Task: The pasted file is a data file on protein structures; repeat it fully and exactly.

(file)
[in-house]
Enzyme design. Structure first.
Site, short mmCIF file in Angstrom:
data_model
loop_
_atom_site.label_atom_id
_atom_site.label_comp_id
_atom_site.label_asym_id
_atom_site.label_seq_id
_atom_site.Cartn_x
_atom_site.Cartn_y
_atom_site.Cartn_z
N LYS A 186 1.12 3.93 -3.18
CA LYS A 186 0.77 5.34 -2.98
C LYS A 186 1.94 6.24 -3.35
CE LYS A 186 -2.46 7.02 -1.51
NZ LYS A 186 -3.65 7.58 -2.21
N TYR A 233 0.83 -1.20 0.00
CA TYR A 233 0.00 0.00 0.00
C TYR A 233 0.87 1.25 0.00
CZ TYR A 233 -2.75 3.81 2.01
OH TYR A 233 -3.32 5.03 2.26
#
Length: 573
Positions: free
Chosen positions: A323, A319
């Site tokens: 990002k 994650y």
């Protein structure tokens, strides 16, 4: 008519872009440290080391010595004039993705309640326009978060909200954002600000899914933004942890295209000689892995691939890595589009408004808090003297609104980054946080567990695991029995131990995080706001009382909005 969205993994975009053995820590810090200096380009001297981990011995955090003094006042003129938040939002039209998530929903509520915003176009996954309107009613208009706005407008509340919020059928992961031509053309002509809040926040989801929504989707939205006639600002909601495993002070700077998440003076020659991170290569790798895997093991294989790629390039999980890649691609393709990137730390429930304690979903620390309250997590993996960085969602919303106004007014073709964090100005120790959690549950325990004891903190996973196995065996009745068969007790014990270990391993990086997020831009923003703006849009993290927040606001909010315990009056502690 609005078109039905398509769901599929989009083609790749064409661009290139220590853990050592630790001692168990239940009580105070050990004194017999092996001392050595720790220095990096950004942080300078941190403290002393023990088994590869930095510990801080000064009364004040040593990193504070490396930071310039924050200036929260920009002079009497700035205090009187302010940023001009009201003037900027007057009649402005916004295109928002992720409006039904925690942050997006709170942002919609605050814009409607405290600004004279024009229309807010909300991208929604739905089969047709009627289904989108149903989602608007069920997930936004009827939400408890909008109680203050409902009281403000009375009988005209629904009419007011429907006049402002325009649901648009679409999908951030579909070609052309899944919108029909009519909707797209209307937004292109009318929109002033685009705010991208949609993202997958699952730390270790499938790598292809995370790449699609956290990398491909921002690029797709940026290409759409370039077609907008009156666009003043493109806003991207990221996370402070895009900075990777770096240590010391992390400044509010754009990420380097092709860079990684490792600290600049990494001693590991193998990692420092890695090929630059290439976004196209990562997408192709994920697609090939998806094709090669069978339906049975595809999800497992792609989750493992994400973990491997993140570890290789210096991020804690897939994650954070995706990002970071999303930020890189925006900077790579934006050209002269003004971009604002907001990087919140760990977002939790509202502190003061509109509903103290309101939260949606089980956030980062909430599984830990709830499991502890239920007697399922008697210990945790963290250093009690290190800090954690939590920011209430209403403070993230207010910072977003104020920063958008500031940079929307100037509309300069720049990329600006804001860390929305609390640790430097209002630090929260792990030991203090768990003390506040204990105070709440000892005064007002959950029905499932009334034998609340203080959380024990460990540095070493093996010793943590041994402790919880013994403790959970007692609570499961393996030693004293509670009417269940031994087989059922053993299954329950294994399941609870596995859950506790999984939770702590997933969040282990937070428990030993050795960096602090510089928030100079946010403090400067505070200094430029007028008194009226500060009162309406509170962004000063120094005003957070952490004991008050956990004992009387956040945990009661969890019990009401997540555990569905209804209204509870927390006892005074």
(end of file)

[in-house]
Enzyme design. Structure first.
Site, short mmCIF file in Angstrom:
data_model
loop_
_atom_site.label_atom_id
_atom_site.label_comp_id
_atom_site.label_asym_id
_atom_site.label_seq_id
_atom_site.Cartn_x
_atom_site.Cartn_y
_atom_site.Cartn_z
N LYS A 186 1.12 3.93 -3.18
CA LYS A 186 0.77 5.34 -2.98
C LYS A 186 1.94 6.24 -3.35
CE LYS A 186 -2.46 7.02 -1.51
NZ LYS A 186 -3.65 7.58 -2.21
N TYR A 233 0.83 -1.20 0.00
CA TYR A 233 0.00 0.00 0.00
C TYR A 233 0.87 1.25 0.00
CZ TYR A 233 -2.75 3.81 2.01
OH TYR A 233 -3.32 5.03 2.26
#
Length: 573
Positions: free
Chosen positions: A323, A319
């Site tokens: 990002k 994650y």
């Protein structure tokens, strides 16, 4: 008519872009440290080391010595004039993705309640326009978060909200954002600000899914933004942890295209000689892995691939890595589009408004808090003297609104980054946080567990695991029995131990995080706001009382909005 969205993994975009053995820590810090200096380009001297981990011995955090003094006042003129938040939002039209998530929903509520915003176009996954309107009613208009706005407008509340919020059928992961031509053309002509809040926040989801929504989707939205006639600002909601495993002070700077998440003076020659991170290569790798895997093991294989790629390039999980890649691609393709990137730390429930304690979903620390309250997590993996960085969602919303106004007014073709964090100005120790959690549950325990004891903190996973196995065996009745068969007790014990270990391993990086997020831009923003703006849009993290927040606001909010315990009056502690 609005078109039905398509769901599929989009083609790749064409661009290139220590853990050592630790001692168990239940009580105070050990004194017999092996001392050595720790220095990096950004942080300078941190403290002393023990088994590869930095510990801080000064009364004040040593990193504070490396930071310039924050200036929260920009002079009497700035205090009187302010940023001009009201003037900027007057009649402005916004295109928002992720409006039904925690942050997006709170942002919609605050814009409607405290600004004279024009229309807010909300991208929604739905089969047709009627289904989108149903989602608007069920997930936004009827939400408890909008109680203050409902009281403000009375009988005209629904009419007011429907006049402002325009649901648009679409999908951030579909070609052309899944919108029909009519909707797209209307937004292109009318929109002033685009705010991208949609993202997958699952730390270790499938790598292809995370790449699609956290990398491909921002690029797709940026290409759409370039077609907008009156666009003043493109806003991207990221996370402070895009900075990777770096240590010391992390400044509010754009990420380097092709860079990684490792600290600049990494001693590991193998990692420092890695090929630059290439976004196209990562997408192709994920697609090939998806094709090669069978339906049975595809999800497992792609989750493992994400973990491997993140570890290789210096991020804690897939994650954070995706990002970071999303930020890189925006900077790579934006050209002269003004971009604002907001990087919140760990977002939790509202502190003061509109509903103290309101939260949606089980956030980062909430599984830990709830499991502890239920007697399922008697210990945790963290250093009690290190800090954690939590920011209430209403403070993230207010910072977003104020920063958008500031940079929307100037509309300069720049990329600006804001860390929305609390640790430097209002630090929260792990030991203090768990003390506040204990105070709440000892005064007002959950029905499932009334034998609340203080959380024990460990540095070493093996010793943590041994402790919880013994403790959970007692609570499961393996030693004293509670009417269940031994087989059922053993299954329950294994399941609870596995859950506790999984939770702590997933969040282990937070428990030993050795960096602090510089928030100079946010403090400067505070200094430029007028008194009226500060009162309406509170962004000063120094005003957070952490004991008050956990004992009387956040945990009661969890019990009401997540555990569905209804209204509870927390006892005074």